While many businesses will be relieved by chancellor Rishi Sunak’s announcement of further financial support this week, the hospitality industry has warned that more action is needed to ensure longer-term viability.
Thanks to the chancellor’s newest measures, businesses in the retail, hospitality and leisure sectors will receive a one-off grant worth up to £9,000 per property to help operators survive up to the spring. A £594 million discretionary fund has also been set aside to support other affected businesses.
The support came after prime minister Boris Johnson ordered a third national lockdown in England, keeping these businesses closed until at least the middle of February.
The new lockdown dealt a blow to an already stricken hospitality industry, with sector operators such as Seacote Caravan Park in St Bees, Cumbria, having recommenced bookings and opened all three of its caravan parks to holidaymakers from December 2, 2020, only to now find themselves putting plans on hold once more.
Yet, the chancellor’s new package will offer some relief to this latest setback. With the Seacote business managing a total of 600 static caravans across its holiday parks and the Seacote Hotel - which boasts 70 rooms and a large function room - the company is one of the many that is eligible for the latest raft of support.
Announcing the new measures, the chancellor said: “The new strain of the virus presents us all with a huge challenge - and whilst the vaccine is being rolled out, we have needed to tighten restrictions further.
“Throughout the pandemic we’ve taken swift action to protect lives and livelihoods and today we’re announcing a further cash injection to support businesses and jobs until the spring. This will help businesses to get through the months ahead - and crucially it will help sustain jobs, so workers can be ready to return when they are able to reopen.”
Despite acknowledging that the latest support package from the Treasury constitutes a positive step to keep businesses afloat in the short-term, UKHospitality chief executive Kate Nicholls insisted that further measures, including an extension to the business rates holiday and the five per cent VAT rate, would be needed to keep the sector going.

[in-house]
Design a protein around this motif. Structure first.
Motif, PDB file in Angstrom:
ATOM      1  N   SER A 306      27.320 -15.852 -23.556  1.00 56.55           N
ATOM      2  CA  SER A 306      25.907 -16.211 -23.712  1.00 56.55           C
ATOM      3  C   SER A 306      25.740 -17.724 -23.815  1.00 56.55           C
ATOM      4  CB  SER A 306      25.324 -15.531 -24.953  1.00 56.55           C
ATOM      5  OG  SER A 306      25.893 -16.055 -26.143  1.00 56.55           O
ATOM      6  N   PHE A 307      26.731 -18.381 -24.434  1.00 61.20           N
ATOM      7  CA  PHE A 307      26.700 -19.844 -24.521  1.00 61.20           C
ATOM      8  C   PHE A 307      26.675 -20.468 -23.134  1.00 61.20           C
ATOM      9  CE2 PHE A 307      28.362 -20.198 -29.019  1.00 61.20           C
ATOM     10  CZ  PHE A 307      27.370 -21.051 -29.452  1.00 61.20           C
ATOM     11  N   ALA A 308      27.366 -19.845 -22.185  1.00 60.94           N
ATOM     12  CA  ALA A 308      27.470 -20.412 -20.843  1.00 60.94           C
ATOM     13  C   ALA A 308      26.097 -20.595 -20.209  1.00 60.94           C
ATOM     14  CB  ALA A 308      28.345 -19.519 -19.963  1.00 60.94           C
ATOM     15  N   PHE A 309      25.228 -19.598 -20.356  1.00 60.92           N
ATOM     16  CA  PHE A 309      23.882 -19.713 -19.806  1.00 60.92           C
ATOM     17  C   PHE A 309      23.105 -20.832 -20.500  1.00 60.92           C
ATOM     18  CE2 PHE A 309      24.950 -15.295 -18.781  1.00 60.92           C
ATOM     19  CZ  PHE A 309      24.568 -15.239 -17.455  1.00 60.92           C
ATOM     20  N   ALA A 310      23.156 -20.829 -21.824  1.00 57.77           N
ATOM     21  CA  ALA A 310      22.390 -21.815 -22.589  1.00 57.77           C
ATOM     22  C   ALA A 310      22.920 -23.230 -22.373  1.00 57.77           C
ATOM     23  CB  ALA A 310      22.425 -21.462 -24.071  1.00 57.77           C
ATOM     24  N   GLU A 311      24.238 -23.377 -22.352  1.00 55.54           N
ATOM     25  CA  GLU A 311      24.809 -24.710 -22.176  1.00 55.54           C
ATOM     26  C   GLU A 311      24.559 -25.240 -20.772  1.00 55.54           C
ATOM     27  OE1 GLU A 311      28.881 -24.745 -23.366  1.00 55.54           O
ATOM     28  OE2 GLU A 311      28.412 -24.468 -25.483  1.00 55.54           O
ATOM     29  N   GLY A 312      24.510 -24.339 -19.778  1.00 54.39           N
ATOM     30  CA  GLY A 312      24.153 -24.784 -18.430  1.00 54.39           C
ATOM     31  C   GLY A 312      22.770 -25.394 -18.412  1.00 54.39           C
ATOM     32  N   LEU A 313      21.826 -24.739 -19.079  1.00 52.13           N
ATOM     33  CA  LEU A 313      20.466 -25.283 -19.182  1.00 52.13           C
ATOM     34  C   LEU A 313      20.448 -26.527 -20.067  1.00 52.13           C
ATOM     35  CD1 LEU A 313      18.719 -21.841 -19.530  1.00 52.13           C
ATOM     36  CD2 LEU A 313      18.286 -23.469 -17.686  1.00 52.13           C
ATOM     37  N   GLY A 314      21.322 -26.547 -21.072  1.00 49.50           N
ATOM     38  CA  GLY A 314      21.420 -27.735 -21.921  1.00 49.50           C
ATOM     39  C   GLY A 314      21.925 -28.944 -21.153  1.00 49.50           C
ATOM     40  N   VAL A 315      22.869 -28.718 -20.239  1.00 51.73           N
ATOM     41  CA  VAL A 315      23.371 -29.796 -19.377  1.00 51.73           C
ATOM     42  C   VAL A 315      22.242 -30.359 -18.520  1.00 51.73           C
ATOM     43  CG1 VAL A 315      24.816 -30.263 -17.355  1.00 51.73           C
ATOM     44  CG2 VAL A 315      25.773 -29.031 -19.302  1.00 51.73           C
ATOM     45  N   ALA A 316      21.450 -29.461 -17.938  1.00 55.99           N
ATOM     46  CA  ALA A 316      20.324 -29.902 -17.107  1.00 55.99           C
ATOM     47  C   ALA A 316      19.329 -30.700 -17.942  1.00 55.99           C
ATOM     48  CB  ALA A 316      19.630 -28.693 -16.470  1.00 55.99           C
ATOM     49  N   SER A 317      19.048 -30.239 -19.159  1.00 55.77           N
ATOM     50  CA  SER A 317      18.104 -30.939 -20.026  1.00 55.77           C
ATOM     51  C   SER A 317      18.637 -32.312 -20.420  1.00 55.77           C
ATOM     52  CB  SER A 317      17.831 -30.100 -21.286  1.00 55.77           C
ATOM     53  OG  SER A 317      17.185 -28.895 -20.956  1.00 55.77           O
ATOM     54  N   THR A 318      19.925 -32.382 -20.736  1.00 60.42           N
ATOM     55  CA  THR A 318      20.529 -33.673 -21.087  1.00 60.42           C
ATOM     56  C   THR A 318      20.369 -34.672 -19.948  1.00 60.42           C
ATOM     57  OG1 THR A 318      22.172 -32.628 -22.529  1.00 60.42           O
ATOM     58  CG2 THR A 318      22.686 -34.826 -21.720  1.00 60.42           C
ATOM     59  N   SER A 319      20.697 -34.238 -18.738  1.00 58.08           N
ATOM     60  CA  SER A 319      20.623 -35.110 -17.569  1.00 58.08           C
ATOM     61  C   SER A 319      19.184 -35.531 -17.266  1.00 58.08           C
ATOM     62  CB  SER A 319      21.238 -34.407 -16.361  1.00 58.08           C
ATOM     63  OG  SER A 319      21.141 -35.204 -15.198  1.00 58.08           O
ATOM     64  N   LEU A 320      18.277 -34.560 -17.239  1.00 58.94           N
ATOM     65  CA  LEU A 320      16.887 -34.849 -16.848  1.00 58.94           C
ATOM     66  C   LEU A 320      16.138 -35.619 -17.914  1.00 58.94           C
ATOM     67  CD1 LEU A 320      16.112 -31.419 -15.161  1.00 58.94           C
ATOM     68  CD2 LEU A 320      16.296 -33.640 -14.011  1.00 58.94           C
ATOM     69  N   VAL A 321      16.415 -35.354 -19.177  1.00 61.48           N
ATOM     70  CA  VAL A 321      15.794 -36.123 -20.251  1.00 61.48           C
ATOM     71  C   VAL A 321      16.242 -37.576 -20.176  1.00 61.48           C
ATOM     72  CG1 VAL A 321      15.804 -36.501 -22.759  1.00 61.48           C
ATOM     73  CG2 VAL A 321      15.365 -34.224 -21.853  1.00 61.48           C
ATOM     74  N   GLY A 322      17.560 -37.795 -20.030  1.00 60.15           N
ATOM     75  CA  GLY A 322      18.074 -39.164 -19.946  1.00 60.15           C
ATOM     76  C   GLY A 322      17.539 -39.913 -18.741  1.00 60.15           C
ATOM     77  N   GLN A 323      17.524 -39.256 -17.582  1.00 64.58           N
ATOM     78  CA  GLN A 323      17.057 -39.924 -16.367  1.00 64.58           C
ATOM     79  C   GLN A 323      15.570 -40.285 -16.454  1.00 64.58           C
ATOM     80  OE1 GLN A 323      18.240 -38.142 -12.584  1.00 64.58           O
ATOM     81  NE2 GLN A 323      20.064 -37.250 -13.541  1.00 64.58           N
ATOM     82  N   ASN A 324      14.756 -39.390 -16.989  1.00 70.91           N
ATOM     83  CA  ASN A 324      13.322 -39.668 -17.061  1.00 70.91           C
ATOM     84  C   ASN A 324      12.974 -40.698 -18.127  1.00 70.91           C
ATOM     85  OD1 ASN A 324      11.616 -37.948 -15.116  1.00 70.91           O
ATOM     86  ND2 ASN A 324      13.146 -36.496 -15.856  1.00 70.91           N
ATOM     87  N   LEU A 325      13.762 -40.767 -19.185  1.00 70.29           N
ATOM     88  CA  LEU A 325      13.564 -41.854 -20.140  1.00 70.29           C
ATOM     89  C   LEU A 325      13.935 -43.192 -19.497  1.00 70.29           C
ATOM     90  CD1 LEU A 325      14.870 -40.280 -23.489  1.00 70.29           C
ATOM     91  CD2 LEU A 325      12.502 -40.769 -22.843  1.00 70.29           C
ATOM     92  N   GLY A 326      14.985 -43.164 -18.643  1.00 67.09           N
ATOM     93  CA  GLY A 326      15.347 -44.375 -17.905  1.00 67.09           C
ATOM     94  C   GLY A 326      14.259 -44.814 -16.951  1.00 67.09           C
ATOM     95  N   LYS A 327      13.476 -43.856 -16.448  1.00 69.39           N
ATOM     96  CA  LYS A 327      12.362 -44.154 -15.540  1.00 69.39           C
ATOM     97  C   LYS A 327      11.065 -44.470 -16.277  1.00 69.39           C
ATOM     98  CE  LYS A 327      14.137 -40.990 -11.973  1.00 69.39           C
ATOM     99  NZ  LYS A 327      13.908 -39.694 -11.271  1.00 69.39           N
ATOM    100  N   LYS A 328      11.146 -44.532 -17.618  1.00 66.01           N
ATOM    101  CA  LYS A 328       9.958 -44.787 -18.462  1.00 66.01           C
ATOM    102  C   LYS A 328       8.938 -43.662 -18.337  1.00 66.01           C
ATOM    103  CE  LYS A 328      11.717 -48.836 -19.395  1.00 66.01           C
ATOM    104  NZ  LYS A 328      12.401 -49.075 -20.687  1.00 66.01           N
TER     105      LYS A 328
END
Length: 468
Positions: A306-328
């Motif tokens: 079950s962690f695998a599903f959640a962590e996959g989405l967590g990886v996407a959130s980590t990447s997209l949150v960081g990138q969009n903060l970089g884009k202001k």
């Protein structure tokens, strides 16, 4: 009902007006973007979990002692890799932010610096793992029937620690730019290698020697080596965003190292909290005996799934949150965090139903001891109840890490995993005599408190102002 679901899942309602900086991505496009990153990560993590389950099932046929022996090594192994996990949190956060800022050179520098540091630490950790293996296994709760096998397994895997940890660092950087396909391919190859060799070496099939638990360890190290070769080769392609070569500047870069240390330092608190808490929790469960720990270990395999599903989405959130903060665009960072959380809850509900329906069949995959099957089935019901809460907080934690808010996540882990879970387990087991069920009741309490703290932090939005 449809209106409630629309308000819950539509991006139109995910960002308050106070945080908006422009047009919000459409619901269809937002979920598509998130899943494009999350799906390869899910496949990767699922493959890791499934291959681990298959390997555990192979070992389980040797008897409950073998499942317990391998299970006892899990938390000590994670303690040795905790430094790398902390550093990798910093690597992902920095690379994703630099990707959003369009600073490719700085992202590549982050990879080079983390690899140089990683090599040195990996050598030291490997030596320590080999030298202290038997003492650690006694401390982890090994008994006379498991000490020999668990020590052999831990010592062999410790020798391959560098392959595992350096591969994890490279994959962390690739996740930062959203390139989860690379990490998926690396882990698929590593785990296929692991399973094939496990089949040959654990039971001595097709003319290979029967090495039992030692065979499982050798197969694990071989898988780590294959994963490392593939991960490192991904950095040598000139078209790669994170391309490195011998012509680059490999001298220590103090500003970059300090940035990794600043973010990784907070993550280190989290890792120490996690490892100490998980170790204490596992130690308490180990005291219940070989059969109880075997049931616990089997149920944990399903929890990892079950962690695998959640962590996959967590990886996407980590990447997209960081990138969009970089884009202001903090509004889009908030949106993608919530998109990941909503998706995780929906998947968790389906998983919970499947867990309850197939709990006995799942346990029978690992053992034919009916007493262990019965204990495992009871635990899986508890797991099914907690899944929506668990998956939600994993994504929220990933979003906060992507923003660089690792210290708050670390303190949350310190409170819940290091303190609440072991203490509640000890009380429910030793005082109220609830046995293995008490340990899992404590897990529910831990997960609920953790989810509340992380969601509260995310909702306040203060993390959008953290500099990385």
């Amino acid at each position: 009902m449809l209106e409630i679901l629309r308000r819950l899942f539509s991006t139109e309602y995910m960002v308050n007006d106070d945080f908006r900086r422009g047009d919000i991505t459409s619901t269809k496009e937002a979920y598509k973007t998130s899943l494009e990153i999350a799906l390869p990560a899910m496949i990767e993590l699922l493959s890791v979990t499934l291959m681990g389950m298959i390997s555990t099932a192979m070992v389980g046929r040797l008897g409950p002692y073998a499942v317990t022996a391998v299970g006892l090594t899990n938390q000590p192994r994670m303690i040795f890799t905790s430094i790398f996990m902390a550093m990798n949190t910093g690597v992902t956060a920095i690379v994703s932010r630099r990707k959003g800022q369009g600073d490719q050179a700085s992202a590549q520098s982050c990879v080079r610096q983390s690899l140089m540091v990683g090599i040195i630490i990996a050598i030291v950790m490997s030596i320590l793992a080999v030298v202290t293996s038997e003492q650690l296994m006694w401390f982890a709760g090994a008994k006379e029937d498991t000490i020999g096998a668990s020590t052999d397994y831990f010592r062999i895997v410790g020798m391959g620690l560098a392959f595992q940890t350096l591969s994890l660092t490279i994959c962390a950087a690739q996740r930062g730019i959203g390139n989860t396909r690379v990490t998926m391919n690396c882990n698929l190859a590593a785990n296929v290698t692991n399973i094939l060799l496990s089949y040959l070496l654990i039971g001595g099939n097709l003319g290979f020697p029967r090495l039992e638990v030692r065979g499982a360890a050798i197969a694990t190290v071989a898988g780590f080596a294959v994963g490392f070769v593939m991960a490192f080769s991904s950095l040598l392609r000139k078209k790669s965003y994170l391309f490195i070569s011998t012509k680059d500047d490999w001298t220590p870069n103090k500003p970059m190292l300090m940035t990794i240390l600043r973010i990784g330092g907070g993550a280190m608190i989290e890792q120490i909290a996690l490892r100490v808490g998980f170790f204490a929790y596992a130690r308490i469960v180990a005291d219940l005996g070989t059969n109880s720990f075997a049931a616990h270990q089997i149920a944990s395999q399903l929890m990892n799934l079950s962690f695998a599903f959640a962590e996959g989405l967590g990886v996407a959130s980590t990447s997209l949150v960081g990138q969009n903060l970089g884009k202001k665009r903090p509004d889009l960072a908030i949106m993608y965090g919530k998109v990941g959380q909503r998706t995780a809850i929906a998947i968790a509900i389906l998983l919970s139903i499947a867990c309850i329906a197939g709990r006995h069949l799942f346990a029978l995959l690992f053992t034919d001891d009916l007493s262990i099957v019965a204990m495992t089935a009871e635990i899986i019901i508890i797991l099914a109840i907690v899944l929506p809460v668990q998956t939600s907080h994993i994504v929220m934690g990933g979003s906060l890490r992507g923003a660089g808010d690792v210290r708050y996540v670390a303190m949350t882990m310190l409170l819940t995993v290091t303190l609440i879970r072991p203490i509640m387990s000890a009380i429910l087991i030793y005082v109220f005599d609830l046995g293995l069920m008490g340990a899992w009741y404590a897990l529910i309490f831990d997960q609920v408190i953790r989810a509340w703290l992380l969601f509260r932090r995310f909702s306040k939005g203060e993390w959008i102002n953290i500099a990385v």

Nicholls said: “This is obviously a very positive step to keep businesses afloat in the immediate term and, for that reason, must be welcomed. The chancellor has rightly recognised the costs imposed on hospitality businesses by enforced closures and the need for additional support. It is also encouraging that the discretionary grants address the suffering in the supply chains upon which our sector is reliant.
“However, while this announcement is most welcome, make no mistake that this is only a sticking plaster for immediate ills – it is not enough to even cover the costs of many businesses and certainly will not underpin longer-term business viability for our sector.
“To address the inevitable and existential challenges that hospitality faces, we need confirmation of extensions to the business rates holiday and of the five per cent VAT rate.”
Nicholls added that the sector needed to be privy to a longer-term economic plan to ensure certainty and suggested that the chancellor bring the Budget forward to allow businesses properly plan for the future.
“On its own, today’s support is not enough. Businesses need a longer-term economic plan and it would befit the crisis that we face if the chancellor brought forward his Budget to make the announcements necessary to reassure businesses and allow them to plan their survival.
“Commercial certainty cannot come soon enough and only the chancellor can deliver it.”
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